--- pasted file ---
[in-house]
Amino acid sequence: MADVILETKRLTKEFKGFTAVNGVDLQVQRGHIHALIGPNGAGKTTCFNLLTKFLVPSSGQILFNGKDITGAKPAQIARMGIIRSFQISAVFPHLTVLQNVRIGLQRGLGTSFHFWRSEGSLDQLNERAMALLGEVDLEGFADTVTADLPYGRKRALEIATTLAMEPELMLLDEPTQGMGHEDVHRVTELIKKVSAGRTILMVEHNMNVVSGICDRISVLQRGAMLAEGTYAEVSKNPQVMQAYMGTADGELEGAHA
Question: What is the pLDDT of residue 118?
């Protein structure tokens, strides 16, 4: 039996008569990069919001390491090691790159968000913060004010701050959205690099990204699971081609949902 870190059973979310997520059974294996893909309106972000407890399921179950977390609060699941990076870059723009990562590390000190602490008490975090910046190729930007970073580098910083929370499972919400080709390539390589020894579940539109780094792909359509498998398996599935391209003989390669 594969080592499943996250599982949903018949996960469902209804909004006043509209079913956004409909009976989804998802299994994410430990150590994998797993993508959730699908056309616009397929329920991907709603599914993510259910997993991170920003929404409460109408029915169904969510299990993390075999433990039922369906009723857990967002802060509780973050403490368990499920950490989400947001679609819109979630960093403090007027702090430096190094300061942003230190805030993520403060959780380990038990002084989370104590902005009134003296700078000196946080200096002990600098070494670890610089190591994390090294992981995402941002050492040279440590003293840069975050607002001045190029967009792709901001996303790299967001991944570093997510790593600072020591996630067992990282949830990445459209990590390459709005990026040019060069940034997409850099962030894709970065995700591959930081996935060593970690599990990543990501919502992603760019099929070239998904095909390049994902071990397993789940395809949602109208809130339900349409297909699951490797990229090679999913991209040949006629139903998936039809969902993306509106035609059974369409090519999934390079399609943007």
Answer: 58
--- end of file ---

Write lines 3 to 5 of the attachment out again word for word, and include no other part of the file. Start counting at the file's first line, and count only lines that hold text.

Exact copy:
Question: What is the pLDDT of residue 118?
């Protein structure tokens, strides 16, 4: 039996008569990069919001390491090691790159968000913060004010701050959205690099990204699971081609949902 870190059973979310997520059974294996893909309106972000407890399921179950977390609060699941990076870059723009990562590390000190602490008490975090910046190729930007970073580098910083929370499972919400080709390539390589020894579940539109780094792909359509498998398996599935391209003989390669 594969080592499943996250599982949903018949996960469902209804909004006043509209079913956004409909009976989804998802299994994410430990150590994998797993993508959730699908056309616009397929329920991907709603599914993510259910997993991170920003929404409460109408029915169904969510299990993390075999433990039922369906009723857990967002802060509780973050403490368990499920950490989400947001679609819109979630960093403090007027702090430096190094300061942003230190805030993520403060959780380990038990002084989370104590902005009134003296700078000196946080200096002990600098070494670890610089190591994390090294992981995402941002050492040279440590003293840069975050607002001045190029967009792709901001996303790299967001991944570093997510790593600072020591996630067992990282949830990445459209990590390459709005990026040019060069940034997409850099962030894709970065995700591959930081996935060593970690599990990543990501919502992603760019099929070239998904095909390049994902071990397993789940395809949602109208809130339900349409297909699951490797990229090679999913991209040949006629139903998936039809969902993306509106035609059974369409090519999934390079399609943007």
Answer: 58